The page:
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Except for the rudeness, I think the most anyone can expect from an initial consultation is a general discussion of the problem -- not a detailed analysis of specific factors that apply to your case. That's literally the whole purpose of an initial consultation: to give the client a general understanding of the issue from the professional's perspective, and not provide detailed solutions or analysis until the client hires their services.

But of course, there's no call for a professional providing a consultation to be disrespectful.
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Old 04-17-2019, 08:31 AM
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And, every professional has done this to me, doctors, lawyers, engineers, computer technicians, carpenters, plumbers...
If you already know what you need to have done, why are you even paying a consulting fee at all? Why don't you just say, "The sink is backed up. How much to fix it?" Then they fix it and you pay them and that's that.
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Old 04-17-2019, 08:49 AM
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1) High-level analysis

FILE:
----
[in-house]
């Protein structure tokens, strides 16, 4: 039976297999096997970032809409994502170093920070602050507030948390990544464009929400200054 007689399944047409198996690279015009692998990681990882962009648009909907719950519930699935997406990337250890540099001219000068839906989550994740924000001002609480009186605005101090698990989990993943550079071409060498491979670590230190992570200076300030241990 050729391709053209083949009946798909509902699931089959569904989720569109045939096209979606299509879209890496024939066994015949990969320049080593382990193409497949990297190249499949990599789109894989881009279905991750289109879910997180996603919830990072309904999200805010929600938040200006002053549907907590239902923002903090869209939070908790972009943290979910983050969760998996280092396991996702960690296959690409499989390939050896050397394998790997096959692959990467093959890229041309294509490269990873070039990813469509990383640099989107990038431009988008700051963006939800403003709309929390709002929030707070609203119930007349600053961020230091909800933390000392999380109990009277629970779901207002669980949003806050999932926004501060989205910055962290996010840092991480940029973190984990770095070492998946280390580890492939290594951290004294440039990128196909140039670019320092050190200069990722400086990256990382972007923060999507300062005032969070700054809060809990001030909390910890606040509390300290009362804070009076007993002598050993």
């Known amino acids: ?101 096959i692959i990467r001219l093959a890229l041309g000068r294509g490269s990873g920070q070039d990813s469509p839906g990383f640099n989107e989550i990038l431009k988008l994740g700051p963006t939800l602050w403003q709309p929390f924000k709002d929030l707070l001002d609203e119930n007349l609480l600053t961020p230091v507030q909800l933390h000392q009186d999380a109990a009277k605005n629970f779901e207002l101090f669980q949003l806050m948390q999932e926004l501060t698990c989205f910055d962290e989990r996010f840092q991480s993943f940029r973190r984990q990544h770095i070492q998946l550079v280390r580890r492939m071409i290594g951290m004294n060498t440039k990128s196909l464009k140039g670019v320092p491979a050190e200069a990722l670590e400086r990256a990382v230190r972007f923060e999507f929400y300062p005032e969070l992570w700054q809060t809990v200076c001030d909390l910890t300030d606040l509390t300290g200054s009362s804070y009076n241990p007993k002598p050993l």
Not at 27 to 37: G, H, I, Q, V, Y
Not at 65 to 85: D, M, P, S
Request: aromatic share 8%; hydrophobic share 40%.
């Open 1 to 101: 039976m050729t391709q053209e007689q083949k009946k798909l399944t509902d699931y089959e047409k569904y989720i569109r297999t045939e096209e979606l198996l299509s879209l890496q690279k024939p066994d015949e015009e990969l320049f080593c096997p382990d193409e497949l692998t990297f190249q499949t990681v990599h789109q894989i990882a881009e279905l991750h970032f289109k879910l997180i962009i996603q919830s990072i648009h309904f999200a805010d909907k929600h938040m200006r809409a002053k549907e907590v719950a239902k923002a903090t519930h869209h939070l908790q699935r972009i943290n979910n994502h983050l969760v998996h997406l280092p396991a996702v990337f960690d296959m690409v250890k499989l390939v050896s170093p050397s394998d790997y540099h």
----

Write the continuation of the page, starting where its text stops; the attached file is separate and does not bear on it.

2) Baseline scoping
3) Confirmation
and the good old…
4) Requirements gathering.
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Old 04-17-2019, 08:59 AM
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Stating the bleedin' obvious.
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Old 04-17-2019, 09:01 AM
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If you already know what you need to have done, why are you even paying a consulting fee at all? Why don't you just say, "The sink is backed up. How much to fix it?" Then they fix it and you pay them and that's that.
Likewise for carpenters. You simple ask for bids on a project. What consulting could they do?
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Old 04-17-2019, 09:17 AM
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What do you call the phenomenon when a professional charges you a consultation fee, but then informs you of everything you already know, and talks to you as if you don't know anything.

There is a name for this...
The 80-20 principal. Only about 20 percent (or less ) of professionals in any field are actually competent and the rest are usually coasting.
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Old 04-18-2019, 04:49 AM
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What do you call the phenomenon when a professional charges you a consultation fee, but then informs you of everything you already know, and talks to you as if you don't know anything.

There is a name for this...
It's called...consulting.
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Old 04-18-2019, 06:44 AM
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If you already know what you need to have done, why are you even paying a consulting fee at all? Why don't you just say, "The sink is backed up. How much to fix it?" Then they fix it and you pay them and that's that.